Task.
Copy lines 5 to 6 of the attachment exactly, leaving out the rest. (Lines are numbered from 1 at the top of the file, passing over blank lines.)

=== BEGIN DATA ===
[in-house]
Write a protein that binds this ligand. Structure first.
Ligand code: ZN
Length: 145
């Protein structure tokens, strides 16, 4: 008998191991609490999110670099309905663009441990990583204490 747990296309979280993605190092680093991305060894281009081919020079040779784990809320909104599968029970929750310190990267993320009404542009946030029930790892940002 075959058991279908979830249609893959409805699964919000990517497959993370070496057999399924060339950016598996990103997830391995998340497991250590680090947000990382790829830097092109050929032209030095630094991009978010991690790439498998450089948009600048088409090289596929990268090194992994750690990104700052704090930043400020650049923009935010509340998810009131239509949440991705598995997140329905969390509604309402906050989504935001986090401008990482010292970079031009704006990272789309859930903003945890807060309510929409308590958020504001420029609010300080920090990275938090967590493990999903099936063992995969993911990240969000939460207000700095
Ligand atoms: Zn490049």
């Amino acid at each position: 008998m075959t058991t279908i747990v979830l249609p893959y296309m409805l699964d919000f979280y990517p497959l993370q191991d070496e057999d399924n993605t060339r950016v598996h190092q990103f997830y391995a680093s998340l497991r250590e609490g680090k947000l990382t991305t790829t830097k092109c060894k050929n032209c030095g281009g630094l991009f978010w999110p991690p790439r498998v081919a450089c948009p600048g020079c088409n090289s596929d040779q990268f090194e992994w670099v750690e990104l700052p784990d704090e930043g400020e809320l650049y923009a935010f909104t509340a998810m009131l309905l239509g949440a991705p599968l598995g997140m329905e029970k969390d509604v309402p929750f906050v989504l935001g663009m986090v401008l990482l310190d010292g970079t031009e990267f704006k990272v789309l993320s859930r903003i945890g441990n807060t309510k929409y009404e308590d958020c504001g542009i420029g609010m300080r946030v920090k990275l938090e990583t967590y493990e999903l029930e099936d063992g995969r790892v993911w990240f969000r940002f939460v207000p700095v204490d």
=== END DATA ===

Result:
């Protein structure tokens, strides 16, 4: 008998191991609490999110670099309905663009441990990583204490 747990296309979280993605190092680093991305060894281009081919020079040779784990809320909104599968029970929750310190990267993320009404542009946030029930790892940002 075959058991279908979830249609893959409805699964919000990517497959993370070496057999399924060339950016598996990103997830391995998340497991250590680090947000990382790829830097092109050929032209030095630094991009978010991690790439498998450089948009600048088409090289596929990268090194992994750690990104700052704090930043400020650049923009935010509340998810009131239509949440991705598995997140329905969390509604309402906050989504935001986090401008990482010292970079031009704006990272789309859930903003945890807060309510929409308590958020504001420029609010300080920090990275938090967590493990999903099936063992995969993911990240969000939460207000700095
Ligand atoms: Zn490049």